Recently I lost a dear friend and hunting partner to something called IMHA (Immune-mediated Hemolytic Anemia). He was just eighteen months old and an expert hunter way beyond his years. Let's just call him Rover.
Despite having spent a few years in dogs as a breeder, handler, performance and conformation judge, I really didn't know what IMHA was; at least I'd never heard it called that. After ten days of around-the-clock treatment, transfusions and about $6,000, we lost the battle.
I must preface this article with some disclaimers. I am not a veterinarian and don't want to be. They have a tough job. Neither is any of the information presented here my own. It was all gleaned, under pressure, from available published data and research papers. The article is intended to give you enough information to make intelligent decisions at the outset of the problem. It is neither scholarly nor authoritative.
IMHA is defined as the accelerated destruction or removal of red blood cells due to the formation of anti-red cell antibodies. The reported range of affected dogs is from one to 13 years of age and predominates in females. Some of the breeds that are predisposed to IMHA are Old English Sheepdogs, Cocker Spaniels, Poodles, Collies, Irish Setters, Scottish Terriers and -- more recently -- several Norfolk Terriers.
The early symptoms of IMHA include general weakness and lethargy, loss of appetite, vomiting, diarrhea, shortness of breath and rapid breathing and heartbeat. By the time paleness of the gums and tongue is noted, the dog is in trouble. These, of course, are also the symptoms of a number of other diseases making it difficult for your, or for that matter the average veterinarian, to identify the problem without sophisticated laboratory tests.
While isolated families of dogs have been proven susceptible to IMHA, no genetic basis for the disease has been scientifically established. Likewise, no research exists that proves an exact cause. Frequently, more common diseases such as Leptospirosis, Heartworm, and several viruses are suggested causes. With equal frequency, IMHA is attributed to reaction to certain drugs such as sulfa drugs, cephalosporins, heparin and methamazole. In the majority of cases, such as Rover's, none of these was a factor.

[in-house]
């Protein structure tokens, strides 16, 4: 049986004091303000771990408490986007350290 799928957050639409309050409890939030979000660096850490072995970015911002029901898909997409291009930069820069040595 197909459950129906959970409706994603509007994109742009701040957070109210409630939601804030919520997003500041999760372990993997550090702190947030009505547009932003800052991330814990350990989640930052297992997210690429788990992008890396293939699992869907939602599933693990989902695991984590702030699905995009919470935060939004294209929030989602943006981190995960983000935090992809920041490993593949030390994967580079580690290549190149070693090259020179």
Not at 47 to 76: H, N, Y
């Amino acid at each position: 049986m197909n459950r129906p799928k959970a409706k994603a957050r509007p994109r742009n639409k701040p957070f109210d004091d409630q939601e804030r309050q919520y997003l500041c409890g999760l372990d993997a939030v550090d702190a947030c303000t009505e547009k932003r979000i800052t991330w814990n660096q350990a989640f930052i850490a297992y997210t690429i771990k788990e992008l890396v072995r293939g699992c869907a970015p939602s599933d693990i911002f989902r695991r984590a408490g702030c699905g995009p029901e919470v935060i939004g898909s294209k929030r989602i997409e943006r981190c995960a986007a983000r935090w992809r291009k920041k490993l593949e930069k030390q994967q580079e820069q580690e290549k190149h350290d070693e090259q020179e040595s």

The only relevant event in Rover's case was his annual vaccination for Rabies, Distemper, Hepatitis, Leptospirosis, Parvo and Lyme. That occurred in mid-January along with his mother, a five-year-old Norfolk bitch, and a six-month-old Dachshund puppy. All received the same serums. Only Rover contracted IMHA. There is no scientific evidence to confirm that IMHA is caused by or related to vaccinations. In a significant number of cases, the onset of IMHA follows vaccinations by several weeks, just coincidentally the same amount of time it may take for the immunization process to become effective.
IMHA is not an allergic, or other reaction to serums used in vaccinations. It is, in essence, the turning of the organs of the dog's immune system, the spleen and/or liver, against its own red blood cells. Kind of like immunization gone wrong. It is not sudden, although the symptoms usually appear and develop over a 48-hour period. By then IMHA is well underway.
Once diagnosed with IMHA, the survival rate of dogs is almost universally 50% with no way of predicting which will make it and which won't. The treatment consists of rebuilding the red blood cell supply through transfusions and the almost random trial of a selection of drugs and steroids that sometimes have worked. Half the time, nothing works.
With treatment, most dogs recover with few, if any, residual after effects. If we'd won the battle, I would have had my hunting companion, show dog and pet for many more years.
Here it is then, IMHA for Dummies:
More accurate and detailed information on IMHA is available on many web sites and probably from your veterinarian.
By Richard Reynolds
ANTIC, September, 2004
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